In a fascinating piece written for The Atlantic, Eugene Soltes writes about his experience interviewing 50 white-collar criminals for his new book Why They Do It: Inside the Mind of the White-Collar Criminal.
He started out his research hoping to prove or disprove some theories about why fraud, embezzlement, insider trading, and bribery are the norm in the businesses industry.
Are white-collar criminals just greedier than everyone else? Are they just the bad apples of the business world?
Or were they blinded by their need to get ahead and couldn’t see that what they were doing was wrong?
Soltes’ answers are somewhat unexpected and surprising.
The Prevalence of White-collar Crime
In a new study conducted by the Association of Certified Fraud Examiners (ACFE) – the 2016 Report to the Nations on Occupational fraud and Abuse – more than 2,400 cases of white collar crime were reported from more than 100 countries.
Almost half of those cases – 1,000 of them – involved U.S. organizations.
The lesson to be learned by 20 years of fraud investigation by the ACFE is that no organization is immune to white-collar crime.
A typical organization loses 5% of its revenue each year to various kinds of fraud. For every $1 million any given business takes in, a baseline for how much you might have lost in occupational fraud would be $50,000.
It happens in every kind of business – small businesses and global businesses. In addition, the ACFE reports that many frauds go undetected or unmeasured or are unmeasurable: lost productivity, reputational damage, and loss of future business.
Because fraud investigations can be expensive, organizations often terminate those offenders and don’t prosecute them. Perhaps that’s why we don’t hear about white-collar crime as much as we hear about murders, robberies, and other violent crimes.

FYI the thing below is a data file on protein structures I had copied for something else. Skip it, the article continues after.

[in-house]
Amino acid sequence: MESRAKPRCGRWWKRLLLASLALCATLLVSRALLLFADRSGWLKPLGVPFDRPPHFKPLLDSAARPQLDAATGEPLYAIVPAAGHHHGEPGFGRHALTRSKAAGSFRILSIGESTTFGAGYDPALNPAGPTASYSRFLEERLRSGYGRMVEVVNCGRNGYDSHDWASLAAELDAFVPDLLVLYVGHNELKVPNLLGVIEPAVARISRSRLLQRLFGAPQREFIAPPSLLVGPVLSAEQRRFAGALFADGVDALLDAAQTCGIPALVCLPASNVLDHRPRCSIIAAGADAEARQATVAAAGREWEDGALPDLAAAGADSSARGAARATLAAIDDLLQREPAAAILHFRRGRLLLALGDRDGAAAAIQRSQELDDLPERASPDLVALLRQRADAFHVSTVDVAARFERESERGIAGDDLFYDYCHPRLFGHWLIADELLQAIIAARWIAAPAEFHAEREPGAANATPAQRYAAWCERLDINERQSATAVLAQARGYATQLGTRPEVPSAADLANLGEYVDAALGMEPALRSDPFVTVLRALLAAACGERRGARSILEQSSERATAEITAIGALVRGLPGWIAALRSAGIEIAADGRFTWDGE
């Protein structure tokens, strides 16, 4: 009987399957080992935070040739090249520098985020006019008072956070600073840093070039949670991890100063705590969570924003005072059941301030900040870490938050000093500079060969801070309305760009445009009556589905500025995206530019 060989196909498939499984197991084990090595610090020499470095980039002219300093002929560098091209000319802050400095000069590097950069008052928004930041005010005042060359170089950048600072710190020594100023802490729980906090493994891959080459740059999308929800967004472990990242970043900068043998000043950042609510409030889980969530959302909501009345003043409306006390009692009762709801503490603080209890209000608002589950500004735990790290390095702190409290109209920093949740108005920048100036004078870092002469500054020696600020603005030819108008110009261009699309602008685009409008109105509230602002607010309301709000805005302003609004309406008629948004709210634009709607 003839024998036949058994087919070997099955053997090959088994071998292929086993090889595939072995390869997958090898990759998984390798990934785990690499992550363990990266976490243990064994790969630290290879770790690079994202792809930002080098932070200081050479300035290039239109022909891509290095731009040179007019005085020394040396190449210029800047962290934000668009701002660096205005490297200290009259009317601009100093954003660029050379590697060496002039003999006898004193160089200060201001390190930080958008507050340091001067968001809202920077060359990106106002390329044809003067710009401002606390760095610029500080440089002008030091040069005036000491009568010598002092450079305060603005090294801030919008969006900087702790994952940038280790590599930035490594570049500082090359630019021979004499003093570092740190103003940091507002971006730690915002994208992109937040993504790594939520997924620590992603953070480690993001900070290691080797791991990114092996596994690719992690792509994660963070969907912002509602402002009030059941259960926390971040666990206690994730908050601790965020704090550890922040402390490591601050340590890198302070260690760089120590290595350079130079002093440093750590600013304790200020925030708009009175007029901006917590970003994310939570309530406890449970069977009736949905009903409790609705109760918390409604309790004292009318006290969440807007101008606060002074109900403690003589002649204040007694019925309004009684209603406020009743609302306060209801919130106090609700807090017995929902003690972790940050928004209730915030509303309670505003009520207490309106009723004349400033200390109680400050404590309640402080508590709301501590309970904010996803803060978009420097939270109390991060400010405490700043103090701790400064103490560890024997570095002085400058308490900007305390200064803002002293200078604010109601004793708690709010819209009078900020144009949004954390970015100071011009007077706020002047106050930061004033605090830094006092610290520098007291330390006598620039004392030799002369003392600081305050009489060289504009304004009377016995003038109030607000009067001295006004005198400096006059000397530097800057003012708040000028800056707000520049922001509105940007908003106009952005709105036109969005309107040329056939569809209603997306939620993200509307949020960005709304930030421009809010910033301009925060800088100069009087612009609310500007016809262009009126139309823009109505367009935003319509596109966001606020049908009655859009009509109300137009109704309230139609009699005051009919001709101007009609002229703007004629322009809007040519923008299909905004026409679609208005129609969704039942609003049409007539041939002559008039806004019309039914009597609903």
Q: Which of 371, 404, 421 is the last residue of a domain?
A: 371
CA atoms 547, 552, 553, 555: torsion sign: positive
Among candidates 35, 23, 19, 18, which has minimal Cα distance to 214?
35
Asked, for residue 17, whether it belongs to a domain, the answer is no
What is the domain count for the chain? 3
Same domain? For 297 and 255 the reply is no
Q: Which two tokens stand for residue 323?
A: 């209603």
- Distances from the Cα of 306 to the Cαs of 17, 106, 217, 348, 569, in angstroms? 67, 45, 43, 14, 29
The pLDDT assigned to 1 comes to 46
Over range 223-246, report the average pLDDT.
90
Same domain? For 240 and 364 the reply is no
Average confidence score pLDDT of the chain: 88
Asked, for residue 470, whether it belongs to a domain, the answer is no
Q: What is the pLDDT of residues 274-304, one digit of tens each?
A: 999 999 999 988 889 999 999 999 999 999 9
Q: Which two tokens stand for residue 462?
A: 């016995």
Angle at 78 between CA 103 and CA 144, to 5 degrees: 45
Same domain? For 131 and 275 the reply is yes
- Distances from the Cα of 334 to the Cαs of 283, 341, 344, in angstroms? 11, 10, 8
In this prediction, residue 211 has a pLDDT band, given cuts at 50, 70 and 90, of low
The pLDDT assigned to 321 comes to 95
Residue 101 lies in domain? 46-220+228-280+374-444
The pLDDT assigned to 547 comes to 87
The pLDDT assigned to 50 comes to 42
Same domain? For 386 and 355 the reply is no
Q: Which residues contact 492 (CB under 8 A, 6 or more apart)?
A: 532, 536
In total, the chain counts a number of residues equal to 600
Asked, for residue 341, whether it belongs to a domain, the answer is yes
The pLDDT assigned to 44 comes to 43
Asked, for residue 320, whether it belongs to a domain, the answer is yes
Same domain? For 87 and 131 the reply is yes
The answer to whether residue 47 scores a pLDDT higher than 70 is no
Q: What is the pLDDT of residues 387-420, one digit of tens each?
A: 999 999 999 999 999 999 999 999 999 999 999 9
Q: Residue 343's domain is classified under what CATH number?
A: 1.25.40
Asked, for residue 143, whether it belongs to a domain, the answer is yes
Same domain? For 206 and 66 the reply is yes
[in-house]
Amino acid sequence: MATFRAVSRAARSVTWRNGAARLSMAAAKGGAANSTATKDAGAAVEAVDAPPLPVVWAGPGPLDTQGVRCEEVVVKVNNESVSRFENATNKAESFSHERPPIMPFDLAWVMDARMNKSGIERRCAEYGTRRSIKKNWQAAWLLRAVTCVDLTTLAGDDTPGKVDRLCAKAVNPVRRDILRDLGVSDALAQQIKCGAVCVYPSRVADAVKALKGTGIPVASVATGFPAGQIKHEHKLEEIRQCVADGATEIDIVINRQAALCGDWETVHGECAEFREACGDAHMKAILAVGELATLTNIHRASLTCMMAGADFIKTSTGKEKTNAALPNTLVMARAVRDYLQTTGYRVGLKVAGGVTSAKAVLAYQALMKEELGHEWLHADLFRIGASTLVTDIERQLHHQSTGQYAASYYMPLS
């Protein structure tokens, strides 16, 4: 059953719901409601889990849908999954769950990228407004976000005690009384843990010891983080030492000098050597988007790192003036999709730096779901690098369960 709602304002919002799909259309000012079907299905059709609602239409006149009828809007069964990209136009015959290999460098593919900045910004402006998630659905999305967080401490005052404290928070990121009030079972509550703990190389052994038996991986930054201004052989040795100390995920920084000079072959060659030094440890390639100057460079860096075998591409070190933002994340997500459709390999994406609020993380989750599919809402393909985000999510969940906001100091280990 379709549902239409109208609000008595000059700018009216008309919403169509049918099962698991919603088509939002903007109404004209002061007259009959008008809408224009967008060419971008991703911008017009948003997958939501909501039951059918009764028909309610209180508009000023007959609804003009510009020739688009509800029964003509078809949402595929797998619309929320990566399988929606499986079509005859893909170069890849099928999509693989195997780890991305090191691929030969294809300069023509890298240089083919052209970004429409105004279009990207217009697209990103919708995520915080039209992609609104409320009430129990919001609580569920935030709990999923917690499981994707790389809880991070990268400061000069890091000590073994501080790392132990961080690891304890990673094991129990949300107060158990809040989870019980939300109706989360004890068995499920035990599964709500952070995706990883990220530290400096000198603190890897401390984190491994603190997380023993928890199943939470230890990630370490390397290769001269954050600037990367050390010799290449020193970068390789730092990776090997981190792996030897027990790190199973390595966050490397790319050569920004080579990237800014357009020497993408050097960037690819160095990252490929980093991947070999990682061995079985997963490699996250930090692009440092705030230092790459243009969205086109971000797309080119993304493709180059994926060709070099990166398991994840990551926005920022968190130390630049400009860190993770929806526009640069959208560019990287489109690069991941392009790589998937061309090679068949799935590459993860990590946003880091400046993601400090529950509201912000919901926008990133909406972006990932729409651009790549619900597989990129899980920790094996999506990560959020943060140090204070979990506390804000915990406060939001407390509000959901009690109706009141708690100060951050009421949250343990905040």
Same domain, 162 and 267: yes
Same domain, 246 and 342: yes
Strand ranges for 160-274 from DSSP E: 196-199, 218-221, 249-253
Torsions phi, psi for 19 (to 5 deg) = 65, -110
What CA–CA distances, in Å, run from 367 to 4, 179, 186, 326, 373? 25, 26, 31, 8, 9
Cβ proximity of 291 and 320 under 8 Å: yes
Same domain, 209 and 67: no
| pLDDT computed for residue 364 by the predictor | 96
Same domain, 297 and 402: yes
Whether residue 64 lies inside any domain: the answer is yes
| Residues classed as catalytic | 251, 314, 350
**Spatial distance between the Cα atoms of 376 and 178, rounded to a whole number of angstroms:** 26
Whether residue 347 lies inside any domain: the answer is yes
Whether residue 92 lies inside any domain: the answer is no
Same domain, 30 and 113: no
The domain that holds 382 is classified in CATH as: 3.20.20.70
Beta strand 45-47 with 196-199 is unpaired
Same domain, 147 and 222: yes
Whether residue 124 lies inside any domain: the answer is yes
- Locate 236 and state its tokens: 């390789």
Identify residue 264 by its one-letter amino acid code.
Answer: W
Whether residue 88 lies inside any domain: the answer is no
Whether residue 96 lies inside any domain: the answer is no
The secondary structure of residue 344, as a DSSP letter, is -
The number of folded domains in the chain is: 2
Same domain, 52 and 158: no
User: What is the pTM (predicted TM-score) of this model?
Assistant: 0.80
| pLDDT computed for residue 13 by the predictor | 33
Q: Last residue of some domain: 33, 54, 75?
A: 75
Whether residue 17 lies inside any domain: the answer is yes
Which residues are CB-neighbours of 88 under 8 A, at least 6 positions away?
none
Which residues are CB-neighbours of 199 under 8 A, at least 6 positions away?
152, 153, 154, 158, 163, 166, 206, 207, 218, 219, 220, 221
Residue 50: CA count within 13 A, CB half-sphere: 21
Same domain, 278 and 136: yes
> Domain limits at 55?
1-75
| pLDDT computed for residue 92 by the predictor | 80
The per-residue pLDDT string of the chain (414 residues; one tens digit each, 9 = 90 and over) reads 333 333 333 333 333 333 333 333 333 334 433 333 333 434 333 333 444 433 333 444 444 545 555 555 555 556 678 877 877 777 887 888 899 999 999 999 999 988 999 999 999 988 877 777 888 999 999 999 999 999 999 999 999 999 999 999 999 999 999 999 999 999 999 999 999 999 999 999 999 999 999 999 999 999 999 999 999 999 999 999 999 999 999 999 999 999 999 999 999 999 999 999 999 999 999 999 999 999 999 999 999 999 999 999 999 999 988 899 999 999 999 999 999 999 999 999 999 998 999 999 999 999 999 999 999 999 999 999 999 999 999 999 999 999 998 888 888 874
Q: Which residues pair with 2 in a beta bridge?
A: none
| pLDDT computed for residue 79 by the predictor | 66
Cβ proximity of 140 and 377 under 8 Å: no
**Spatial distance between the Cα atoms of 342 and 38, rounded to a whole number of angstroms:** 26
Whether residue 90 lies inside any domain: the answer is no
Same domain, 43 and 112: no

What is Different About White-collar Criminals?
The surprising answer that seems to come from this article is: nothing.
Eugene Soltes started his research hoping to find the theories of University of Chicago economist, and Nobel Prize winner Gary Becker to be plausible.
Becker had theorized that white-collar criminals aren’t psychologically aberrant, they just weigh costs and benefits differently than other people.
The problem Soltes found was that while many of the men he interviewed didn’t show remorse – although some did, and many recognized what they did was wrong – they also didn’t always have rational explanations for why they did what they did.
Many of these convicted criminals just got caught up in their own worlds. They didn’t think about it as being wrong at the time. They weren’t calculating at all. Additionally, they were just reacting.
Does that sound like any other kind of “criminal mind” you can think of?
Does it sound like any other kind of criminal: the mugger intent on paying his bills, the car thief trying to make a better living or the husband blinded by anger. In other words, it sounds like people?
Given the prevalence of white-collar crime in this country, does it seem like this is all that different from other types of crime? When it comes to making bad decisions, do smart people really win, or is human nature the same everywhere you go?
In conclusion, If you or someone you know has been charged with white-collar crime, it is imperative that an experienced criminal defense attorney be consulted. Please reach out today. Let’s start fighting for your freedom.